and pure form, the emptying of the image surface seems complete in this monochrome rectangular shape. Final paintings, though, were made by many: Ad Reinhardt, for example, made – exclusively and almost obsessively – uniform, nearly indistinguishable black “ultimate paintings” from 1960 until his death. As the well-known saying by Harold Rosenberg puts it: “Rothko […] pulled down the shades, Newman closed the door, and Reinhardt shut off the lights.”
In the late 1960s, the idea of negation was followed by the negation of the negation. The broad theoretical background of the concept artists of the period – with their analytical view of the coordinates of the artwork, art production, and art business and their apparently untiring exploration of materiality and space – has affected, in its complexity, even the youngest generation of contemporary artists and makes itself felt today in a variety of strategies. Thus, for example, the post-minimalists and neo-conceptualists create poetic installations and paintings characterized by radically reduced representationalism, though often informed by a fine sense of irony. Reduction of effects and sensations creates a particular awareness of things and phenomena that are not visible at first sight.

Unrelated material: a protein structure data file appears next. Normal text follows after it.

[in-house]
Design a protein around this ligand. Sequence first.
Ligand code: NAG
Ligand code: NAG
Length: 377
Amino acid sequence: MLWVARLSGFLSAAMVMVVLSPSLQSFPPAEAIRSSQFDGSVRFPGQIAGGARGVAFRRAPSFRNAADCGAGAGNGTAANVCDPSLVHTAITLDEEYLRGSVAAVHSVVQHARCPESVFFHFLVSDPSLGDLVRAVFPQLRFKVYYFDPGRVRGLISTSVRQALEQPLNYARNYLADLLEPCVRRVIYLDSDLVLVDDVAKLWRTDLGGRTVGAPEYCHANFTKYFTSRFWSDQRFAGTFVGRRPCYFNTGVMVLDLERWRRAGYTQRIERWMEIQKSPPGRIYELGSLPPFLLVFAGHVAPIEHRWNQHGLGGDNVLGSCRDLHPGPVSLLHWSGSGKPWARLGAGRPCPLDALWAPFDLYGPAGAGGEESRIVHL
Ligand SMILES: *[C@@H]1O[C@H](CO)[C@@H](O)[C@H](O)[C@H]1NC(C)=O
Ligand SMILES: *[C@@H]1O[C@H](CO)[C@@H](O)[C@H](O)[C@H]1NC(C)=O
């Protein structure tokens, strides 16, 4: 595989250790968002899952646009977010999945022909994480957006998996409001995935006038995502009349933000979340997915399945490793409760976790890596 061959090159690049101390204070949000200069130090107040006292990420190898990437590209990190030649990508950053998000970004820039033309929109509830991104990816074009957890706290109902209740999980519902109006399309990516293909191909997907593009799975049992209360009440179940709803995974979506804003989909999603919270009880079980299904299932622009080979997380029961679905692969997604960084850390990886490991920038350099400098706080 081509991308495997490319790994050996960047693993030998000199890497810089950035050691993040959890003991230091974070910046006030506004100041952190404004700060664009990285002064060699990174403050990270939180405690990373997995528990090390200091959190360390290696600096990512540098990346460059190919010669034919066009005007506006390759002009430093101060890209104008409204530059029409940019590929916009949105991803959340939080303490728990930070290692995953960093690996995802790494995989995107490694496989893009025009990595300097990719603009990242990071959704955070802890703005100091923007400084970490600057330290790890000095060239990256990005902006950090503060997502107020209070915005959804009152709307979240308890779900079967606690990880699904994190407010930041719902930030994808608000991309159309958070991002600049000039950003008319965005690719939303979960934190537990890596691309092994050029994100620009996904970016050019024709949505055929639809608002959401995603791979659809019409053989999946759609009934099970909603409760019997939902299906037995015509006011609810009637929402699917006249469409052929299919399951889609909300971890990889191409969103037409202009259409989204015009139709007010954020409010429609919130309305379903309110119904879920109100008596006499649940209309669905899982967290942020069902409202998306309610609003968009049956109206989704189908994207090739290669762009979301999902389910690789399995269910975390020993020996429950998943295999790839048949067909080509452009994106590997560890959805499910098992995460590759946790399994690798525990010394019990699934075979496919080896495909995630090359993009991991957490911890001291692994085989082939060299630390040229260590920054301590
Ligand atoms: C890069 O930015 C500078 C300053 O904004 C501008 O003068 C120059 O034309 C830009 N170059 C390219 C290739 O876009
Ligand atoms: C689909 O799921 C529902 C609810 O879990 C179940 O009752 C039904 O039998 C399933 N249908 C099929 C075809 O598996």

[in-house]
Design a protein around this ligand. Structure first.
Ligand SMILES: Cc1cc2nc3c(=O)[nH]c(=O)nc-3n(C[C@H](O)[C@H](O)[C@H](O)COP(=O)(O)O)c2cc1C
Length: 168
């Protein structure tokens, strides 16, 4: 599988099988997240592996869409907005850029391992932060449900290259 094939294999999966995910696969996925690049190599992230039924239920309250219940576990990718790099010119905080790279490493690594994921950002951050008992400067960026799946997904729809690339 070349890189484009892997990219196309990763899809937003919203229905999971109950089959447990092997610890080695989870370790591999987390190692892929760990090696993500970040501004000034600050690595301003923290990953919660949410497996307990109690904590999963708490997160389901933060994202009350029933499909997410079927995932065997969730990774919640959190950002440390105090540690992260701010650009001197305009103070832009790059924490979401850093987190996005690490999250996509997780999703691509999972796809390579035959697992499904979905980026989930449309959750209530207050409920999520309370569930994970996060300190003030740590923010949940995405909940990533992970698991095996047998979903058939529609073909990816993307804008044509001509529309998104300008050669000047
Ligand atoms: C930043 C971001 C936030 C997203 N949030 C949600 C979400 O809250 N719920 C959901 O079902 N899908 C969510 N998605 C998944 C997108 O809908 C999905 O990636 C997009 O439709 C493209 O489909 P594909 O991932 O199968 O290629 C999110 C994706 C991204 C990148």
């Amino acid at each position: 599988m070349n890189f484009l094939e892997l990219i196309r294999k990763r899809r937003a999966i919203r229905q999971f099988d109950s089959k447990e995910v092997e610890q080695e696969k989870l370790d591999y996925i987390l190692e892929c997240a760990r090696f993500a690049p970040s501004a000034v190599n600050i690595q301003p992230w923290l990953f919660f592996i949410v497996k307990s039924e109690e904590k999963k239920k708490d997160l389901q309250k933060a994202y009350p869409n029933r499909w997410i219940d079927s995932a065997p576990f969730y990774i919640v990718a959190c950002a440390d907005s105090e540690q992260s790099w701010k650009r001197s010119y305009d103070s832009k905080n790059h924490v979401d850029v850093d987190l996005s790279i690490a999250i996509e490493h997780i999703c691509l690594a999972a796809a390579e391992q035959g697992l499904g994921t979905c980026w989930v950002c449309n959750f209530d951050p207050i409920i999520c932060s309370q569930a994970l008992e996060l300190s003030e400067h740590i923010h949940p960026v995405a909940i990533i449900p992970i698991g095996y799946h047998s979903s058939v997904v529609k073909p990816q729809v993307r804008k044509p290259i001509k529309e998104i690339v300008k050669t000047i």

Messages like these were often heard in this period. Joseph Kosuth, for example, created comprehensive series in which he used language to explore the conditions governing art, as did John Baldessari whose large canvases instigate astute reflections on the image itself, its references, methods, attitudes, and opinions on production and presentation. Everything is purged from this painting but art, no ideas have entered this work, one of his panels asserts. Baldessari does not only strip the image of any conventional artistic articulation but has these works made with strict artlessness by a sign painter, thus undercutting even any conceptual claim.